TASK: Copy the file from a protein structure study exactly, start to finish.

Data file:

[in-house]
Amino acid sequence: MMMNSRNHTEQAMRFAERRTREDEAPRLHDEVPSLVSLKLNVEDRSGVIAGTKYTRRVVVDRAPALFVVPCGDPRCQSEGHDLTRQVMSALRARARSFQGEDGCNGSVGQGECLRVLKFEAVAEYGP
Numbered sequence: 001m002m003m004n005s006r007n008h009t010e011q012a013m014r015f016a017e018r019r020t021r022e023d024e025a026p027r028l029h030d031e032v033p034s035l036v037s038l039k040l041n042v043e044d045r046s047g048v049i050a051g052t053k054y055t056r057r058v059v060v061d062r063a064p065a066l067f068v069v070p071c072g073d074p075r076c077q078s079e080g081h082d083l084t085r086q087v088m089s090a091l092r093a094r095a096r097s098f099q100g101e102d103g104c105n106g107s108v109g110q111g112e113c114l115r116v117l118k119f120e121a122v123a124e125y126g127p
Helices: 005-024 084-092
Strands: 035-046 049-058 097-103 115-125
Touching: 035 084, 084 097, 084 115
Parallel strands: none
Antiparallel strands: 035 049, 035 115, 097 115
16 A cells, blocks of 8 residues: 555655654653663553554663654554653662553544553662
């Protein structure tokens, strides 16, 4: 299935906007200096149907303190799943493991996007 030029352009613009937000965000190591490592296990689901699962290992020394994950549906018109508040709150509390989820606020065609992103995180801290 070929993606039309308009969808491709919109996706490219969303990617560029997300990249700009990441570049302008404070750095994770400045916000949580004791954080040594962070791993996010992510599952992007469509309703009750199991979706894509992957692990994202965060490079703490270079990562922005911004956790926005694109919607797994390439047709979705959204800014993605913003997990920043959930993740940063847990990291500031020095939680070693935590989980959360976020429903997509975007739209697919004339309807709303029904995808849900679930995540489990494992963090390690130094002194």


[in-house]
Amino acid sequence: MMMNSRNHTEQAMRFAERRTREDEAPRLHDEVPSLVSLKLNVEDRSGVIAGTKYTRRVVVDRAPALFVVPCGDPRCQSEGHDLTRQVMSALRARARSFQGEDGCNGSVGQGECLRVLKFEAVAEYGP
Numbered sequence: 001m002m003m004n005s006r007n008h009t010e011q012a013m014r015f016a017e018r019r020t021r022e023d024e025a026p027r028l029h030d031e032v033p034s035l036v037s038l039k040l041n042v043e044d045r046s047g048v049i050a051g052t053k054y055t056r057r058v059v060v061d062r063a064p065a066l067f068v069v070p071c072g073d074p075r076c077q078s079e080g081h082d083l084t085r086q087v088m089s090a091l092r093a094r095a096r097s098f099q100g101e102d103g104c105n106g107s108v109g110q111g112e113c114l115r116v117l118k119f120e121a122v123a124e125y126g127p
Helices: 005-024 084-092
Strands: 035-046 049-058 097-103 115-125
Touching: 035 084, 084 097, 084 115
Parallel strands: none
Antiparallel strands: 035 049, 035 115, 097 115
16 A cells, blocks of 8 residues: 555655654653663553554663654554653662553544553662
């Protein structure tokens, strides 16, 4: 299935906007200096149907303190799943493991996007 030029352009613009937000965000190591490592296990689901699962290992020394994950549906018109508040709150509390989820606020065609992103995180801290 070929993606039309308009969808491709919109996706490219969303990617560029997300990249700009990441570049302008404070750095994770400045916000949580004791954080040594962070791993996010992510599952992007469509309703009750199991979706894509992957692990994202965060490079703490270079990562922005911004956790926005694109919607797994390439047709979705959204800014993605913003997990920043959930993740940063847990990291500031020095939680070693935590989980959360976020429903997509975007739209697919004339309807709303029904995808849900679930995540489990494992963090390690130094002194």